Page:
My time as Khulisa’s Interim CEO

As we welcome back Dominique Airey from maternity leave, we say a fond farewell to Rohati Chapman who has been steering the Khulisa ship since January 2019. Here she reflects on the past 8 months as Khulisa's Interim CEO, the challenges, successes and what lies ahead for Khulisa.

When I joined Khulisa back in January, my aim was to support Khulisa to maintain a focus on impact and excellence in the final year of their 2017-2020 strategy. As I approach the end of my time at Khulisa, I have made a few reflections…

Partnership quality matters

Khulisa works with young people and individuals to break the cycle of social exclusion by putting wellbeing at the heart of rehabilitation. We deliver our therapeutically-led programmes in partnership with schools, prisons and community organisations and the quality of our direct delivery impact is intertwined with the quality of our relationship with our delivery partners. For many small charities, these relationships start as opportunistic and relational but over time the best parts of that approach has to be built upon and systematised. In the final year of our strategy period, we’ve revisited and improved the way we identify and partner with institutions and invested in developing a pipeline of values aligned partners that we hope to bring into our next strategy period from April 2020.

Look beyond the rhetoric of ‘growth’ and ‘impact’

If funders had ‘trigger words’, these two would undoubtedly be in the top 5. In our current strategy year, Khulisa has done all of the above. Financial growth has doubled since 2016 and progress against participant reach target is strong. What’s next for Khulisa is to re-examine lessons in growth and impact through the lens of programmes that are therapeutically-led, working with individuals that have high levels of complex needs and professionals who have high levels of compassion fatigue. As we approach the next strategy period, we must maintain our focus on delivering against partnership and strategic commitments; but we must also start some important conversations with our funders and supporters on what exactly meaningful growth and impact means for a small charity like Khulisa.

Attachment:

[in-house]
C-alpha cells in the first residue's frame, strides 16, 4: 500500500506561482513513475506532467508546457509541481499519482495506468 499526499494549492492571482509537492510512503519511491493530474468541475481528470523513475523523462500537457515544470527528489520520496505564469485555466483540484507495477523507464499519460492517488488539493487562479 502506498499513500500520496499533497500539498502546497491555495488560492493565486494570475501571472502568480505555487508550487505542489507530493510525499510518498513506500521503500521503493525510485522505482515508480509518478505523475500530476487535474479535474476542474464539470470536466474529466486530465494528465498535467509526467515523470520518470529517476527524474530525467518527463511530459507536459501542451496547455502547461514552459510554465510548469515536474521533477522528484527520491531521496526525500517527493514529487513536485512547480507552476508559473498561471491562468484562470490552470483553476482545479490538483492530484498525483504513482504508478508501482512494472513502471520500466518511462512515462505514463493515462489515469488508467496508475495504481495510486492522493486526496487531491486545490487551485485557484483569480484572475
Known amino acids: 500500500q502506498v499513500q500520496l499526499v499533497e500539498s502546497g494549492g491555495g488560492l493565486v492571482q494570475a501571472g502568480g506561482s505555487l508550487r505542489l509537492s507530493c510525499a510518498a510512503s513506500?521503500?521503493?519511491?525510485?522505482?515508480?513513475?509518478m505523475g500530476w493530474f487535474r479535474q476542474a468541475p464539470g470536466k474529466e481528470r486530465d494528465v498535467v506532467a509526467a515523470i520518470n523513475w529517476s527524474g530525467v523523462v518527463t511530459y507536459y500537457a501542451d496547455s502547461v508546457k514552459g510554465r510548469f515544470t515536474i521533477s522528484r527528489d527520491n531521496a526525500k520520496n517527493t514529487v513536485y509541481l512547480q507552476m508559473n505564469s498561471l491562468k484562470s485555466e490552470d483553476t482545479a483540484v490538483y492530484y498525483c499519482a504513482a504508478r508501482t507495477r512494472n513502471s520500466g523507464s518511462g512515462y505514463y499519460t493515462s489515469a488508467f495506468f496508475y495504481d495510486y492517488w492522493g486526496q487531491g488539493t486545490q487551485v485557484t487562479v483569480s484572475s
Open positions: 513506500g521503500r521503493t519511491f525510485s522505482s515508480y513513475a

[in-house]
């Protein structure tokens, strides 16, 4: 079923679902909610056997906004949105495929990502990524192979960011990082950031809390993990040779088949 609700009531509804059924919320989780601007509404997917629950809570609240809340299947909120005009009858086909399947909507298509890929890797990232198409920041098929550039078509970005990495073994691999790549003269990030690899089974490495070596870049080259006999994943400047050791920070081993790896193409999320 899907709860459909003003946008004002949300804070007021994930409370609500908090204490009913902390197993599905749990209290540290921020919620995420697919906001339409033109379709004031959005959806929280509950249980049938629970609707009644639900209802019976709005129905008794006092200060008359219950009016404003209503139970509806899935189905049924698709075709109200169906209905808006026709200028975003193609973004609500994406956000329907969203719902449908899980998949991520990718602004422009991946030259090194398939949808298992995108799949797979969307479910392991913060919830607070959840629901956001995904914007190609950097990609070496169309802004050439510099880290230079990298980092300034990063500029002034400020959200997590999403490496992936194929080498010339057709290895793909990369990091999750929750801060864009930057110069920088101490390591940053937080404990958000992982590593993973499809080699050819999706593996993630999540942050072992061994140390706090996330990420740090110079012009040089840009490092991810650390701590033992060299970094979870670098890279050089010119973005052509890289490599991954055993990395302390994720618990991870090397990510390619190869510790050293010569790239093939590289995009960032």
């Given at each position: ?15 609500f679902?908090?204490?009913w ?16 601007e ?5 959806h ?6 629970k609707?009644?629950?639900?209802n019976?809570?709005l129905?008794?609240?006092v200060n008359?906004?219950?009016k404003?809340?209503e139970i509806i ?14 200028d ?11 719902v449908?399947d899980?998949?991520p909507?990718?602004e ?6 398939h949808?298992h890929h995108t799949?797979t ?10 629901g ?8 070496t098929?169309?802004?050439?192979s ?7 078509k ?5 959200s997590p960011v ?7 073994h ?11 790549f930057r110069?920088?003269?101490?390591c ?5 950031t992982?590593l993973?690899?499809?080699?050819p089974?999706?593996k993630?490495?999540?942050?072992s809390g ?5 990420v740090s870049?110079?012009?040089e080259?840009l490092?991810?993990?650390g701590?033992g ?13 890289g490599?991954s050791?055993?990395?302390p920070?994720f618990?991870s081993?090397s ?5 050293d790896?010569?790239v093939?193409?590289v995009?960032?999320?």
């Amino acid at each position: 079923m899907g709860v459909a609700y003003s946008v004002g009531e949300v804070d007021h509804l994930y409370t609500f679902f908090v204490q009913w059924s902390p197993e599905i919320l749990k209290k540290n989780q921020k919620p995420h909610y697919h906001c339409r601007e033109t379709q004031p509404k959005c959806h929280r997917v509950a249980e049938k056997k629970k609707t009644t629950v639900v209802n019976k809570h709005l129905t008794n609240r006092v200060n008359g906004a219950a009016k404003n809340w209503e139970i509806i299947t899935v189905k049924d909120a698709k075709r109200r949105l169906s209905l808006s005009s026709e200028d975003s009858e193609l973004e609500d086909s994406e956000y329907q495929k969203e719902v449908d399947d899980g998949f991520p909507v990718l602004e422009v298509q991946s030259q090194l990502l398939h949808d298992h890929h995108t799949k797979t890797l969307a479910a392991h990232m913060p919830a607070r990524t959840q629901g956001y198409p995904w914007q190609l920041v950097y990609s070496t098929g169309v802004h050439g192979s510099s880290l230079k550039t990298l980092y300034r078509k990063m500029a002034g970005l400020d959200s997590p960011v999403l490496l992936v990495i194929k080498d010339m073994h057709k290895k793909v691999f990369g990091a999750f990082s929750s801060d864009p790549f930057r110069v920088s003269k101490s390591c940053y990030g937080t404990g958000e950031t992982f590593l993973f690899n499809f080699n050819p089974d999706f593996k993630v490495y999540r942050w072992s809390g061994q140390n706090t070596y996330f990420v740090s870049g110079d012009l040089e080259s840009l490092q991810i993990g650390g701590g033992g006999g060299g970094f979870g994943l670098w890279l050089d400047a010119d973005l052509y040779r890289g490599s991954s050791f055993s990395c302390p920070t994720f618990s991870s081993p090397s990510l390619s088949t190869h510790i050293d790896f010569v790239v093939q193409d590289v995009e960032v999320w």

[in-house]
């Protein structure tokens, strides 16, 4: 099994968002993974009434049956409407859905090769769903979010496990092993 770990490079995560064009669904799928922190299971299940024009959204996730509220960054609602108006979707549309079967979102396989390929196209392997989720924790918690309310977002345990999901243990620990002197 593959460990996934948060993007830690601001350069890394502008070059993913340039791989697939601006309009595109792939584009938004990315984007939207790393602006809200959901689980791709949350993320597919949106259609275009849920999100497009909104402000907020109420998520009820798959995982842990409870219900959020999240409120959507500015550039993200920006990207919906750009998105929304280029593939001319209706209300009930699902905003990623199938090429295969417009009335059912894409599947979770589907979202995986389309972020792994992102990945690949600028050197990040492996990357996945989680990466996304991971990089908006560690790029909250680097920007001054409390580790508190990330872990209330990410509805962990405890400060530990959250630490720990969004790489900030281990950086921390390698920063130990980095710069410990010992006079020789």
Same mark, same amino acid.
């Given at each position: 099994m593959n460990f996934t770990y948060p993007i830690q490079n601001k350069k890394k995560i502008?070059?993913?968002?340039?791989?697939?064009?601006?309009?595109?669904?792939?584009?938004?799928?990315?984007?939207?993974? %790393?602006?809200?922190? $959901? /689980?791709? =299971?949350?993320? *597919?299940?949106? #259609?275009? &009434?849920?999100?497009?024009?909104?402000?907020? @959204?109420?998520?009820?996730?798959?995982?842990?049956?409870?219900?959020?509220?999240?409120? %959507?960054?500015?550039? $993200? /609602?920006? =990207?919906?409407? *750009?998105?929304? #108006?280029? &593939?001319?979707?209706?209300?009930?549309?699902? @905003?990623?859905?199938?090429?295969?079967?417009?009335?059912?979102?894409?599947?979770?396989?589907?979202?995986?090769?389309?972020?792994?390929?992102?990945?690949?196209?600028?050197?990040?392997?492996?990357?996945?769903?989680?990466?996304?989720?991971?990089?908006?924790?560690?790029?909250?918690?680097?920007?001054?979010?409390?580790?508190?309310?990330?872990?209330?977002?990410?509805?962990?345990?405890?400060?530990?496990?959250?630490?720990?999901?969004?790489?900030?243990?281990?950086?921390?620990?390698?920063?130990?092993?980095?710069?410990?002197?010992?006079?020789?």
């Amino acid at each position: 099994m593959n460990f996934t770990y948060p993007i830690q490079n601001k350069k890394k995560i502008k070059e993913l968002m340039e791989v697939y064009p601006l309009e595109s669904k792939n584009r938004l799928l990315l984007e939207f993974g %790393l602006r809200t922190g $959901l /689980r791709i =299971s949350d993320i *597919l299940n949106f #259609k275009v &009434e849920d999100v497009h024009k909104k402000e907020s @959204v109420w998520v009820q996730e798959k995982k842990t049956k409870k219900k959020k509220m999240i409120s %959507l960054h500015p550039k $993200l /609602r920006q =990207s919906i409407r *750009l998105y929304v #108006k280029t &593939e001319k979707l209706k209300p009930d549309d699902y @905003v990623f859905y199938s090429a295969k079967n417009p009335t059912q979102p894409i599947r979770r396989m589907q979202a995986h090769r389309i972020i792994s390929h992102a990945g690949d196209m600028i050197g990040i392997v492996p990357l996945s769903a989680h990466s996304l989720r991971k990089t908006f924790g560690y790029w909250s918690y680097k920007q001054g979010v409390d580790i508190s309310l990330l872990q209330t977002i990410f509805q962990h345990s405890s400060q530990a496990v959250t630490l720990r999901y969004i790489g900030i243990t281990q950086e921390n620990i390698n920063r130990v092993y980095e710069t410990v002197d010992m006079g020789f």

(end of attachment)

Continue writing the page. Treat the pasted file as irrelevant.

"We must be focussed on where we can add the most value, as part of a wider ecosystem working to create a kinder and safer approach to preventing social exclusion."

Bringing a therapeutic approach to the workplace can be positive

This is the first time I have worked somewhere with such a high proportion of therapeutically trained and experienced staff. Khulisa’s therapeutically trained team members work alongside individuals who specialise in finance, fundraising, policy and research. I have learnt so much from Khulisa on becoming trauma informed and have huge respect for our programme facilitators. They are imperfect, brave and caring individuals who are entirely motivated by being part of many peoples’ individual journeys. Although I believe that there needs to be a distinction between therapeutic values within a programme and what works at an organisational level, working with therapeutically trained colleagues has shown me the value of rituals such as ‘check in’ / ‘check out’ and restorative conversations, to improve connections between colleagues within a workplace. People will always be any organisation’s most important asset. I have learnt that taking on board aspects of a therapist ‘infused’ workplace culture can be a positive if deployed effectively. It is yet another reason that sets Khulisa apart from many of its peers.

Before signing out, I’d like to say thank you to the Khulisa team, board and supporters. It has been an honour to be part of Khulisa’s mission and I will continue to champion the importance of social and emotional wellbeing as an important element of early intervention.

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